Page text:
Dave Smith Dies: Synthesizer Pioneer Whose Instruments Backed Michael Jackson, Kraftwerk, And More Was 72

Dave Smith, an electronics pioneer whose creations of MIDI (Musical Instrument Digital Interface) and the Prophet 5 synthesizer revolutionized popular music, died in Detroit. He was 72 and experienced a heart attack while attending the Movement electronic music festival, which ran May 28-30.

Smith began creating instruments in the mid-1970s while working in the aerospace industry. He bought a Minimoog synthesizer and built his own sequencer to program it. That became the Model 600, which allowed musicians to program melodic and rhythmic patterns.

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He founded his own company, Sequential Circuits, in 1974, and it is still operating in San Francisco at the time of his death.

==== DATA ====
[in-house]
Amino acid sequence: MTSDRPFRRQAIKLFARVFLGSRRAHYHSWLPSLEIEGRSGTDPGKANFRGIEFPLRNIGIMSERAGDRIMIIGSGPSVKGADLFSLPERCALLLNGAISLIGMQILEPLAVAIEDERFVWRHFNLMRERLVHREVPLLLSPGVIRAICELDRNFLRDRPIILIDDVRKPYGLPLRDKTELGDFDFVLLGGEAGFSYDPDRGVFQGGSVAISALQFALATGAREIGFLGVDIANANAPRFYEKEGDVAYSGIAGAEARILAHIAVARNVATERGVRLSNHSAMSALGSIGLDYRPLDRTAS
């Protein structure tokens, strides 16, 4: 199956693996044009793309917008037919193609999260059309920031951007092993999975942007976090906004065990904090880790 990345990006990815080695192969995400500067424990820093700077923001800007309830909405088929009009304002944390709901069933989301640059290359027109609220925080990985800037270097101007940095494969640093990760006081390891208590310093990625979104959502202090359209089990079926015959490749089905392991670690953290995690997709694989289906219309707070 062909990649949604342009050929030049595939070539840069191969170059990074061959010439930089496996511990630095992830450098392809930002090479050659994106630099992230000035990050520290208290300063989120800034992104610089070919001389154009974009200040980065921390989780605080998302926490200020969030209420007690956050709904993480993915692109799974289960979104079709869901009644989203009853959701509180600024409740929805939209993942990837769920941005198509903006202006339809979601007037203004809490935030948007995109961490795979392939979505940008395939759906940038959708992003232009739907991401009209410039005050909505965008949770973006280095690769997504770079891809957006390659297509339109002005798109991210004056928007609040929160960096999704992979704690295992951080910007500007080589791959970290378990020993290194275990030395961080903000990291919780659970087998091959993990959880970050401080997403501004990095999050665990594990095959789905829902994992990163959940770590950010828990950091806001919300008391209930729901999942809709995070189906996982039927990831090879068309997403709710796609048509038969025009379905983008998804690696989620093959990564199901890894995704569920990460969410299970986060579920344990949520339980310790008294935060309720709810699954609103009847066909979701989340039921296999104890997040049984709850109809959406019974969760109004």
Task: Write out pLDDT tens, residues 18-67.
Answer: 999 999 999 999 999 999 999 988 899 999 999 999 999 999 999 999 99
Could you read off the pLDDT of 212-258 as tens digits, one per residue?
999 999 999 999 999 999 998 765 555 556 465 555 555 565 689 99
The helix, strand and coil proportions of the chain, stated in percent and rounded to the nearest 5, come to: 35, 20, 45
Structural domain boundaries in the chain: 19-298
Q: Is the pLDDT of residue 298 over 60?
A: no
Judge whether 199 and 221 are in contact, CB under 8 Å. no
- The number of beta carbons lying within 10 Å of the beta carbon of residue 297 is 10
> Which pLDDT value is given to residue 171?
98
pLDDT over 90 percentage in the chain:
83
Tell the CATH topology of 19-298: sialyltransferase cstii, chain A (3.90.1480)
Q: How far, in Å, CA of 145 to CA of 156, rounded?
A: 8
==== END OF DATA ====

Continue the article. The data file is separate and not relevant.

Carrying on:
The Prophet-5 was the world’s first fully programmable polyphonic synthesizer that used a microprocessor. It came out in 1978 and was used by Michael Jackson and Kraftwerk, among others.

Smith later developed MIDI (Musical Instrument Digital Interface) in 1982. MIDI is a technical standard that allows music equipment to work in tandem by sending and receiving data signals via a universal cable connection. It became an industry standard that is still widely used today.

Sequential Circuits was purchased in 1987 by Yamaha, which closed it in 1989. Smith then went to work for Korg, where he created  the Wavestation, which was used by bands lie Depeche Mode and Genesis.

Smith stared another company, Dave Smith Instruments, in 2002, releasing the Mopho monophonic synthesizer and a less-expensive version of the Prophet. Yamaha returned the rights to the Sequential Circuits name to Smith in 2014.

Survivors include his wife, Denise, and their adult children Haley and Campbell, who were with him in Detroit when he died. . Sequential has asked friends and fans who would like to share their grief to send an email to

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